As part of the United Nations 2030 Agenda, the U.N. General Assembly has set forth the 17 global sustainable development goals (SDGs) to address poverty, hunger, health, education, gender equality, clean water, clean energy, economic growth, industry, inequality, cities, production, climate change, oceans, land, justice and partnerships.

It’s estimated that achieving the SDGs would require $2–3 trillion per year for the next 15 years. Ironically, the global cost of corruption is at least $2.6 trillion, or 5% of the global GDP. The World Bank estimates $1 trillion in bribes every year. Those annual figures closely match the capital needed to achieve the SDGs.

An important assumption in these figures is the initial and ongoing cost structure to implement large-scale infrastructure, energy, housing and other capital projects spearheaded by the likes of UNOPS and the World Bank. The utilization of outdated technologies results in new development quickly deteriorating to housing slums and health clinics that exceed capacity upon opening. The World Bank recognizes that they need to incorporate commercialization-ready exponential technologies to drive down the CapEx and OpEx while increasing efficiency, resiliency, sustainability and capabilities. For instance, AI algorithms on smartphone apps may soon be able to accurately detect skin cancer without the need for villagers to travel to a health clinic or to crowd a clinic facility. Innovation isn’t limited to physical infrastructure or material science.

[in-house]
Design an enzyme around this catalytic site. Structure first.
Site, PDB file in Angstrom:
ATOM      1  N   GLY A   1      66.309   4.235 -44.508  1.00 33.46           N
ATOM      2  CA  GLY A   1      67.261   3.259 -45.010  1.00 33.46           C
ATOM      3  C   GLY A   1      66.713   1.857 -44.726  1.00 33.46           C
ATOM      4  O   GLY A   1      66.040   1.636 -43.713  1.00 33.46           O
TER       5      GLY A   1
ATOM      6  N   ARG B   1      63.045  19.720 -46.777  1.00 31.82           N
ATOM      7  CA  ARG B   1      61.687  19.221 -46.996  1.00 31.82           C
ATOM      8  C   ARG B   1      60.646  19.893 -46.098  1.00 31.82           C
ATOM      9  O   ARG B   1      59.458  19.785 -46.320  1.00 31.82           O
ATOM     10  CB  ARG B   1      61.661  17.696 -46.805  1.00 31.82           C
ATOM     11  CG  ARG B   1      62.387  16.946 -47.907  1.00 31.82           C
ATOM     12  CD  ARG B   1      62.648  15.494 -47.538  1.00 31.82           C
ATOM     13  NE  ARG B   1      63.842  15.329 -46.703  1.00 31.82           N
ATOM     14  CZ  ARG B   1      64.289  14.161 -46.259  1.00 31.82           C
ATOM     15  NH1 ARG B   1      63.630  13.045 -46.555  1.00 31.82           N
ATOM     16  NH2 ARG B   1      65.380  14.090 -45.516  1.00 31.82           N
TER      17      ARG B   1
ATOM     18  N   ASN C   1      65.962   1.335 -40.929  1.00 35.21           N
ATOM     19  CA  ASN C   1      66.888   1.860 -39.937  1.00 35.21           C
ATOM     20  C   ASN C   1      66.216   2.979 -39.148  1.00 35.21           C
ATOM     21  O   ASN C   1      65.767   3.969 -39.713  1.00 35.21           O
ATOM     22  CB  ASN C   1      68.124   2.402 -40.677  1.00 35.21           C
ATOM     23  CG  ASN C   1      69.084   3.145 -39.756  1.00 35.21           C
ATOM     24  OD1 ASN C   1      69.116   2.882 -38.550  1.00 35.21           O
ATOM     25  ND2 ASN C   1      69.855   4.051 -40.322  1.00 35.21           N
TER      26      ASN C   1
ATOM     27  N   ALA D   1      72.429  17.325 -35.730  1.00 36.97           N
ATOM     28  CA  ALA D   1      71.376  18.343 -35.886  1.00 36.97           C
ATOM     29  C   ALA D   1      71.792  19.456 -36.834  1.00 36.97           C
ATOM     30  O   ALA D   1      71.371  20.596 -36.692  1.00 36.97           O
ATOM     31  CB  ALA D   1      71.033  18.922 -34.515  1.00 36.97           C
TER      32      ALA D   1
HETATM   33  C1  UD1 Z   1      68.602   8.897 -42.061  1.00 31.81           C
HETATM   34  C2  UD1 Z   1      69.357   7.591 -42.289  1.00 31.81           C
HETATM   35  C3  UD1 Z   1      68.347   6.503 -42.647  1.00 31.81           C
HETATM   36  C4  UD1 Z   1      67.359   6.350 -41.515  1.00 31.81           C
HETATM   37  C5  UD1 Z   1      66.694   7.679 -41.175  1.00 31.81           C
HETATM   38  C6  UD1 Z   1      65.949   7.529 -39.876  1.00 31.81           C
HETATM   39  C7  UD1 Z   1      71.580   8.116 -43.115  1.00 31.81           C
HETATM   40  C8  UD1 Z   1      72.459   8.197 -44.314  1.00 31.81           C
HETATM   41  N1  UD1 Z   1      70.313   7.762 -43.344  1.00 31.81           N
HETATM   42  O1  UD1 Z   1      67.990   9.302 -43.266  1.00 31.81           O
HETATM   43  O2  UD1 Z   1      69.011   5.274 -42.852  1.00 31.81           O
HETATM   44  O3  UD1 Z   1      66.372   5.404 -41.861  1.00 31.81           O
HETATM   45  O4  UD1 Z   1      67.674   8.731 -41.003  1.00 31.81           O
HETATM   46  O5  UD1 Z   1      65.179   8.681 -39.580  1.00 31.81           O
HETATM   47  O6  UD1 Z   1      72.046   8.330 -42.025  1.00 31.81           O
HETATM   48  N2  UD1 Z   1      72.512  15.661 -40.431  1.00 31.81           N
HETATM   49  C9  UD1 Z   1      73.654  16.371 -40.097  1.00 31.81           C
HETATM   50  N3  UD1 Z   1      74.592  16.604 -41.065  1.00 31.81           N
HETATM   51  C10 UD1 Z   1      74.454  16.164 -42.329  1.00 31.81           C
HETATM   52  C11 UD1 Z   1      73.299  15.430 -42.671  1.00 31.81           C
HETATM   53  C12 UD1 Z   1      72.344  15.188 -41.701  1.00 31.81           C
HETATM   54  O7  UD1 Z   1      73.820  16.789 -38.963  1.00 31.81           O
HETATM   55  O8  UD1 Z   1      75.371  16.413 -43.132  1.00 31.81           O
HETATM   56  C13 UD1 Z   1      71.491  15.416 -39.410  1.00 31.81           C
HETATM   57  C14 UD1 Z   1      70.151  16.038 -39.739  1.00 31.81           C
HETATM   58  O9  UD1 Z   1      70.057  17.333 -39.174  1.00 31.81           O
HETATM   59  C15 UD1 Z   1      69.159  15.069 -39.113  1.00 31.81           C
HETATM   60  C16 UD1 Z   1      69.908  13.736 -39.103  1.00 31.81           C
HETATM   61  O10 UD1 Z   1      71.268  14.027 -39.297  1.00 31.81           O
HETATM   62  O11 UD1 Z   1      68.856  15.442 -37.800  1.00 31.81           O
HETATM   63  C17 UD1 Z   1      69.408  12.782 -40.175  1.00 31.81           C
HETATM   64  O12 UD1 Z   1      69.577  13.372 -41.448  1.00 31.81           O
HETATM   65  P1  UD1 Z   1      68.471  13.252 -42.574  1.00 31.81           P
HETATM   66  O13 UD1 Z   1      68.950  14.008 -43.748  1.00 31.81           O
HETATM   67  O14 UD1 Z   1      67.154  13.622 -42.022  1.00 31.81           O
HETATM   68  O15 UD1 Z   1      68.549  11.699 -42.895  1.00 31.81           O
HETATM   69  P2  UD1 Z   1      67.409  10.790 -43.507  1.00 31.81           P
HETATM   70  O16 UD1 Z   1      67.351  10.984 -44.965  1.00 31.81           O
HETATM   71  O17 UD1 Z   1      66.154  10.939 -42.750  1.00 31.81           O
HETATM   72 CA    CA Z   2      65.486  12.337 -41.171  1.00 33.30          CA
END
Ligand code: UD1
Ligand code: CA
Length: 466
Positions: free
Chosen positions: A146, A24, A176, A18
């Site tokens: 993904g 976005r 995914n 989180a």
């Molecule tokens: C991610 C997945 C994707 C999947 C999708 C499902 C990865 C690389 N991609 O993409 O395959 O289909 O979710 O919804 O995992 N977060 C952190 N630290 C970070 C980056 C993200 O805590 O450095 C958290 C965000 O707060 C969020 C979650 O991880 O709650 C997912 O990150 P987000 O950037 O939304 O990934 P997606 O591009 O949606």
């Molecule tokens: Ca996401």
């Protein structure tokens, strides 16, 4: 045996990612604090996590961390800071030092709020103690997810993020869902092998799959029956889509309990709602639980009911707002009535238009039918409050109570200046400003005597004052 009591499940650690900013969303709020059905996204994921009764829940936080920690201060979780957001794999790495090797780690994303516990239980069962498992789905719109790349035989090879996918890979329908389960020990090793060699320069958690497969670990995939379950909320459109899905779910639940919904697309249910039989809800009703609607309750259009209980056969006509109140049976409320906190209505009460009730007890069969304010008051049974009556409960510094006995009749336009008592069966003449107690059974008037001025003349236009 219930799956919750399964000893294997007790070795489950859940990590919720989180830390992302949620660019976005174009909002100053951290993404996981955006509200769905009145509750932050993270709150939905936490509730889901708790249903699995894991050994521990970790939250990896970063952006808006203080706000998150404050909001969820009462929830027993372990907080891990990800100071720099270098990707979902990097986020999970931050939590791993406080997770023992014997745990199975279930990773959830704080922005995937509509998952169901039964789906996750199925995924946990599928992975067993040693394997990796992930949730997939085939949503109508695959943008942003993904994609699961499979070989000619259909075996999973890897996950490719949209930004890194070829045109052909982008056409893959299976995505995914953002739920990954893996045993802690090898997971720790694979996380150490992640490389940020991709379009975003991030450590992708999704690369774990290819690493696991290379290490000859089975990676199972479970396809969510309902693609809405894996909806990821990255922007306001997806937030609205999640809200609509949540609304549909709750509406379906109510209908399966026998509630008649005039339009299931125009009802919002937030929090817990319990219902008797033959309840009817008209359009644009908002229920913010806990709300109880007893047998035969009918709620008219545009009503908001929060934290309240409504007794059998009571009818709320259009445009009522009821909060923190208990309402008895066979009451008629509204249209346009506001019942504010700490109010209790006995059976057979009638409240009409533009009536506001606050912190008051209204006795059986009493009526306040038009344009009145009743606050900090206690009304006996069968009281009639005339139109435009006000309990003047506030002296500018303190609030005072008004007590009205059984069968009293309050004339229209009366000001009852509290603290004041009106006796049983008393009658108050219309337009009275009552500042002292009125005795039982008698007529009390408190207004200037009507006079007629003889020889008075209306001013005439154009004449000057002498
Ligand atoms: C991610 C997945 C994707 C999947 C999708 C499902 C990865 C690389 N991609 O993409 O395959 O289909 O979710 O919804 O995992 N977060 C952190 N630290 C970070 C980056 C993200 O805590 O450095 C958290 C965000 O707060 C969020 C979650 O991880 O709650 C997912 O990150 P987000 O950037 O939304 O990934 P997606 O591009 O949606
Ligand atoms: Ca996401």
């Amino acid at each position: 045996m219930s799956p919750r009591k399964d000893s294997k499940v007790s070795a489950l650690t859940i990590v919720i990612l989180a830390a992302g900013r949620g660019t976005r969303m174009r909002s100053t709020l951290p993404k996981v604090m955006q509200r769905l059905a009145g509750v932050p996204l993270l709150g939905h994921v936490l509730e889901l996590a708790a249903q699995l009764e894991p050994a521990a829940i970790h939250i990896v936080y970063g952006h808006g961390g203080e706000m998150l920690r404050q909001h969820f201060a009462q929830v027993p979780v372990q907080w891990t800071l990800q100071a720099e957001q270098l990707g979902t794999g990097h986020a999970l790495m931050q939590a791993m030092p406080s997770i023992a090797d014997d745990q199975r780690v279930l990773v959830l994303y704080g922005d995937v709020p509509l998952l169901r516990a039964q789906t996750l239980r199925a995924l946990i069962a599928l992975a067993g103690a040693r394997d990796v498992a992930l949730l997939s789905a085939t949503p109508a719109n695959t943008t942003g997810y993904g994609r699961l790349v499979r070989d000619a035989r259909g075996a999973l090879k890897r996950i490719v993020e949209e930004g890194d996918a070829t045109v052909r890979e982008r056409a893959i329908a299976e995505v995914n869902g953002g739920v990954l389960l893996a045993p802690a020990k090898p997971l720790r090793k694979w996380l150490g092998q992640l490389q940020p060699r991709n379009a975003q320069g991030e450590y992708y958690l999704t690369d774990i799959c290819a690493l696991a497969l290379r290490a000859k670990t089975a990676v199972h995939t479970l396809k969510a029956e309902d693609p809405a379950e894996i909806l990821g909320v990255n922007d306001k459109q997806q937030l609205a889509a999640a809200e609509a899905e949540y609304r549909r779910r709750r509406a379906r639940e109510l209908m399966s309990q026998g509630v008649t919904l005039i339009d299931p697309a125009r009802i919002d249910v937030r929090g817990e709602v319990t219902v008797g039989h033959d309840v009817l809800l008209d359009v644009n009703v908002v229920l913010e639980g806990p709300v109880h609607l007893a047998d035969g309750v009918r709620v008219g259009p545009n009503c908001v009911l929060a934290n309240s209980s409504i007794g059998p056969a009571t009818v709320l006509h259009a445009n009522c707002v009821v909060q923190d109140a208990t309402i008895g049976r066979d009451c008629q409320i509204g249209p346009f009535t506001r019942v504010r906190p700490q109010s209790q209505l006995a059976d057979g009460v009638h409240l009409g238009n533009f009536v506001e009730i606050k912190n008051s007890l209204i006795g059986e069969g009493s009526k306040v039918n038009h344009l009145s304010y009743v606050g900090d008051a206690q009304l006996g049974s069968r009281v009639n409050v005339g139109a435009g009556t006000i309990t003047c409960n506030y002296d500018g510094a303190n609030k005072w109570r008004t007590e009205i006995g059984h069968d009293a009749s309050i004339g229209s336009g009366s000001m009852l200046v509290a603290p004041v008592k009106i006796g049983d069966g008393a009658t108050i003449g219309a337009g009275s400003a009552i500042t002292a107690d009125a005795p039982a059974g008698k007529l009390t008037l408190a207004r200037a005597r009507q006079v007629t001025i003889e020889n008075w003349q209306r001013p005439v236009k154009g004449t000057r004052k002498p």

Aspiration Versus Reality

There is a growing investment trend as pensions move toward a sustainable investment strategy. A recent report indicates that “as much as 10% of the $269 trillion of investable financial assets around the world could be tapped for social impact.” The IFC estimates that demand for impact investing could be as much as $21 trillion in public markets, with another $5 trillion in private equity, debt and venture capital. Currently, $700 billion is deployed through DFIs, and $400 billion through green and social bonds.

The Global Impact Investing Network (GIIN) estimates the size of the global impact investing market to be $502 billion, deployed by 1,340 organizations. The Global Sustainable Investment Alliance sizes the impact investing market at $444 billion. And the IFC estimates $71 billion is currently invested in private impact funds.

Read the rest of Scott Amyx’s article at Forbes